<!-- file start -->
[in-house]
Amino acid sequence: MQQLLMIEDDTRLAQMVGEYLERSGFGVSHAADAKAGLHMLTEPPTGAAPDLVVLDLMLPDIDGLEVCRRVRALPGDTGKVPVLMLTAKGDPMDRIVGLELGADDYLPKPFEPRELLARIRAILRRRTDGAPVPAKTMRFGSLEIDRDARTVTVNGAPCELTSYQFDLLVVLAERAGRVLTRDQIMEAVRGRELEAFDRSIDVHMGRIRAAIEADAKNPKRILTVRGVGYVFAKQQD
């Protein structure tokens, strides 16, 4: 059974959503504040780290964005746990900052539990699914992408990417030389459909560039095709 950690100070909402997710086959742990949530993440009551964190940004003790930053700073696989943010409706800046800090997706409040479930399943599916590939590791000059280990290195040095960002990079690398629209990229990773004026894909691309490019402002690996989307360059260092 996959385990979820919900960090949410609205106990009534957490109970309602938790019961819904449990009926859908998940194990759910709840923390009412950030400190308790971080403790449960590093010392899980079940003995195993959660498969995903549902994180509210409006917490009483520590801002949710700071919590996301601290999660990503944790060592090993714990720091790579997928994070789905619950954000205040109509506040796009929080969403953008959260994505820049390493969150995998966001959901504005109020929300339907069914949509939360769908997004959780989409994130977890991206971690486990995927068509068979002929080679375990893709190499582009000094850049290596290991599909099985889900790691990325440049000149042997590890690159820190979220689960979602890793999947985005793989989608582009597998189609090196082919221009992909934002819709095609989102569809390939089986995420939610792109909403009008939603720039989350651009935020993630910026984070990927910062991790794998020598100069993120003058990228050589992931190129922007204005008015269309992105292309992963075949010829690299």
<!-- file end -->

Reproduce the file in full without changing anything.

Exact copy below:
[in-house]
Amino acid sequence: MQQLLMIEDDTRLAQMVGEYLERSGFGVSHAADAKAGLHMLTEPPTGAAPDLVVLDLMLPDIDGLEVCRRVRALPGDTGKVPVLMLTAKGDPMDRIVGLELGADDYLPKPFEPRELLARIRAILRRRTDGAPVPAKTMRFGSLEIDRDARTVTVNGAPCELTSYQFDLLVVLAERAGRVLTRDQIMEAVRGRELEAFDRSIDVHMGRIRAAIEADAKNPKRILTVRGVGYVFAKQQD
């Protein structure tokens, strides 16, 4: 059974959503504040780290964005746990900052539990699914992408990417030389459909560039095709 950690100070909402997710086959742990949530993440009551964190940004003790930053700073696989943010409706800046800090997706409040479930399943599916590939590791000059280990290195040095960002990079690398629209990229990773004026894909691309490019402002690996989307360059260092 996959385990979820919900960090949410609205106990009534957490109970309602938790019961819904449990009926859908998940194990759910709840923390009412950030400190308790971080403790449960590093010392899980079940003995195993959660498969995903549902994180509210409006917490009483520590801002949710700071919590996301601290999660990503944790060592090993714990720091790579997928994070789905619950954000205040109509506040796009929080969403953008959260994505820049390493969150995998966001959901504005109020929300339907069914949509939360769908997004959780989409994130977890991206971690486990995927068509068979002929080679375990893709190499582009000094850049290596290991599909099985889900790691990325440049000149042997590890690159820190979220689960979602890793999947985005793989989608582009597998189609090196082919221009992909934002819709095609989102569809390939089986995420939610792109909403009008939603720039989350651009935020993630910026984070990927910062991790794998020598100069993120003058990228050589992931190129922007204005008015269309992105292309992963075949010829690299």